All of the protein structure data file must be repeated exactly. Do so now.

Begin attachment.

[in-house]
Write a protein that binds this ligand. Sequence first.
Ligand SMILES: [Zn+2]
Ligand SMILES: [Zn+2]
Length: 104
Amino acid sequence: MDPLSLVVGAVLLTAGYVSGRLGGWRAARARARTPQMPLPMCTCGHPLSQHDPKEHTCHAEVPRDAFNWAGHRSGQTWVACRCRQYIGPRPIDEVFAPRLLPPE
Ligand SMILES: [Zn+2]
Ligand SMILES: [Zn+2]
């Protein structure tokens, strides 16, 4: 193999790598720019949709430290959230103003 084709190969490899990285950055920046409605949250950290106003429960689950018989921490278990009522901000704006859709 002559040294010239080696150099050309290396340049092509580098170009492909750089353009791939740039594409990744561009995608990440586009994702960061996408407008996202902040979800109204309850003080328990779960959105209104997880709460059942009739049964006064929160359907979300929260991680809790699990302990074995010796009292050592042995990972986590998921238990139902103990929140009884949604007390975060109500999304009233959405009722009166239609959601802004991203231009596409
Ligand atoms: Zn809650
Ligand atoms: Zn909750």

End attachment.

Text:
[in-house]
Write a protein that binds this ligand. Sequence first.
Ligand SMILES: [Zn+2]
Ligand SMILES: [Zn+2]
Length: 104
Amino acid sequence: MDPLSLVVGAVLLTAGYVSGRLGGWRAARARARTPQMPLPMCTCGHPLSQHDPKEHTCHAEVPRDAFNWAGHRSGQTWVACRCRQYIGPRPIDEVFAPRLLPPE
Ligand SMILES: [Zn+2]
Ligand SMILES: [Zn+2]
């Protein structure tokens, strides 16, 4: 193999790598720019949709430290959230103003 084709190969490899990285950055920046409605949250950290106003429960689950018989921490278990009522901000704006859709 002559040294010239080696150099050309290396340049092509580098170009492909750089353009791939740039594409990744561009995608990440586009994702960061996408407008996202902040979800109204309850003080328990779960959105209104997880709460059942009739049964006064929160359907979300929260991680809790699990302990074995010796009292050592042995990972986590998921238990139902103990929140009884949604007390975060109500999304009233959405009722009166239609959601802004991203231009596409
Ligand atoms: Zn809650
Ligand atoms: Zn909750």